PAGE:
2: The long inscription on this plaque tells the tale of an unnamed old man during the Zhou dynasty. The man, dressed in a deerskin coat tied with rope, was playing music on the qin when Confucius came across him whilst on his journey to Taishan. Confucius asked the old gentleman why he was so happy and he replied, “I am happy for many reasons. Of all the living creations in this world, humans are the greatest, and I am a human. This is the first reason I am happy. Men and women are different, and men are superior to women. I am a man, and so this is the second reason I am happy. There are people who are blind and there are those who do not live through infancy. I have lived well for ninety years, so this is the third reason I am happy. Scholars often face poverty, and death is the final step in life. I am content living in these normal conditions and waiting for my final call, so why should I be worried?” Confucius then exclaimed, “How wonderful that you can comfort yourself in such a way!”

This plaque is dated to early autumn of the xinwei year (1931).

3: This plaque depicts Zhong Kui, the demon queller and vanquisher of ghosts. The title in the inscription may be translated as ‘cleansing the atmosphere with pushang wine’.

This type of wine has been used in China since ancient times as a repellent against insects and other small disease-carrying animals. It is traditionally drunk, painted on people’s foreheads and placed in the corners of people’s homes, particularly on the Dragon Boat Festival, which is regarded as the height of summer when the greatest number of insects are around. Due to its cleansing qualities, the wine was also believed to dispel evil spirits. Here, the idea of wine driving away troublesome creatures is a metaphor for Zhong Kui warding off evil spirits and acting as the protective guardian of people’s homes. The flying bat on this plaque is also significant as the word for ‘bat’, fu, is homophonous with that for ‘good fortune’. The upside down bat is symbolic of the saying fu dao le, which means ‘good fortune has arrived’. Zhong Kui trying to catch the bat indicates he is grasping good fortune and will send people happiness. The imagery on the plaque therefore symbolises Zhong Kui driving away the evil and welcoming good things. The plaque is dated to early summer of the xinwei year (1931).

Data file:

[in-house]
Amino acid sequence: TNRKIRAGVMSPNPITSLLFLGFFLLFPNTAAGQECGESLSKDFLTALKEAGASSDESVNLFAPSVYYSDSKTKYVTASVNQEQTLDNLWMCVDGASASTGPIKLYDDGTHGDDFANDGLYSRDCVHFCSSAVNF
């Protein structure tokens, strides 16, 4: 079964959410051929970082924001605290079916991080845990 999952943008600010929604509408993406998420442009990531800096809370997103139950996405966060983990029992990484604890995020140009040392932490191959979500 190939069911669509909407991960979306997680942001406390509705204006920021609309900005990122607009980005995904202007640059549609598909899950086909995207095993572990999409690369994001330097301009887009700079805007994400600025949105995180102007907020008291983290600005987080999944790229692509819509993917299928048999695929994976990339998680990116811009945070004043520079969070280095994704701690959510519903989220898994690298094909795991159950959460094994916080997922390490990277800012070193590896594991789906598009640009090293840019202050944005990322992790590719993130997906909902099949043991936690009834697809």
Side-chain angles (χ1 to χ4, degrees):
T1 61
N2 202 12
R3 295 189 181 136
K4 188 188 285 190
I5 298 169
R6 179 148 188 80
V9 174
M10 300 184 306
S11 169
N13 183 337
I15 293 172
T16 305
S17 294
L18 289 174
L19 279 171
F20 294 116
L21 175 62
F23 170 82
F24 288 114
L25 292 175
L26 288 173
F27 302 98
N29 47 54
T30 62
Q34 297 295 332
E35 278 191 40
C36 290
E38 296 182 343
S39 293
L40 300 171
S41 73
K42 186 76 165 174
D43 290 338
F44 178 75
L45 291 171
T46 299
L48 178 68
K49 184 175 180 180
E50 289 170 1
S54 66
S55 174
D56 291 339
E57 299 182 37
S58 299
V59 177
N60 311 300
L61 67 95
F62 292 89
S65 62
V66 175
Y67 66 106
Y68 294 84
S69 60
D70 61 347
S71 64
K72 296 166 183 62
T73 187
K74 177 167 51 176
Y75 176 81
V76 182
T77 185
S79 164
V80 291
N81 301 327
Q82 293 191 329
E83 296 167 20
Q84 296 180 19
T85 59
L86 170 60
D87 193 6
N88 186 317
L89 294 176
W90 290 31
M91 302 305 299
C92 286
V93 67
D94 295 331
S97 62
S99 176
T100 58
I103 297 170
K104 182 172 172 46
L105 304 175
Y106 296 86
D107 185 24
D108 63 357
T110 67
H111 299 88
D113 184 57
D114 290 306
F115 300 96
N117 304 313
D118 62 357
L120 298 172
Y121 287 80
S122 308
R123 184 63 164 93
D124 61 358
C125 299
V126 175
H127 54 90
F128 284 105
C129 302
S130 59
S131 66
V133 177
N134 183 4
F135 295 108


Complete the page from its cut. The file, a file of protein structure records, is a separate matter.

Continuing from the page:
4: The seated figure on this plaque is Li Tieguai, one of the Eight Immortals of Daoism. Li Tieguai is often portrayed as an old beggar known for being benevolent to the poor and sick. Here, he is depicted making pills of immortality in his bottle gourd to alleviate people’s suffering and save their lives. The double-gourd is his attribute and one of the Eight Daoist Emblems (Anbaxian).

As with the plaque depicting Li Bai, the inscription states that this plaque is also painted in the style of the Qing dynasty painter Huang Shen (1687-1722). It is dated to summer of the xinwei year (1931).

Cf. D S Howard, A Tale of Three Cities: Canton, Shanghai & Hong Kong, p.259, no.357 for a comparable smaller plaque by Wang Qi which was sold at Sotheby's London on 7th November 2007, lot 483; see also Bonhams London, 10th November 2011, lot 585 for another similar plaque by Wang Qi also depicting Li Tieguai.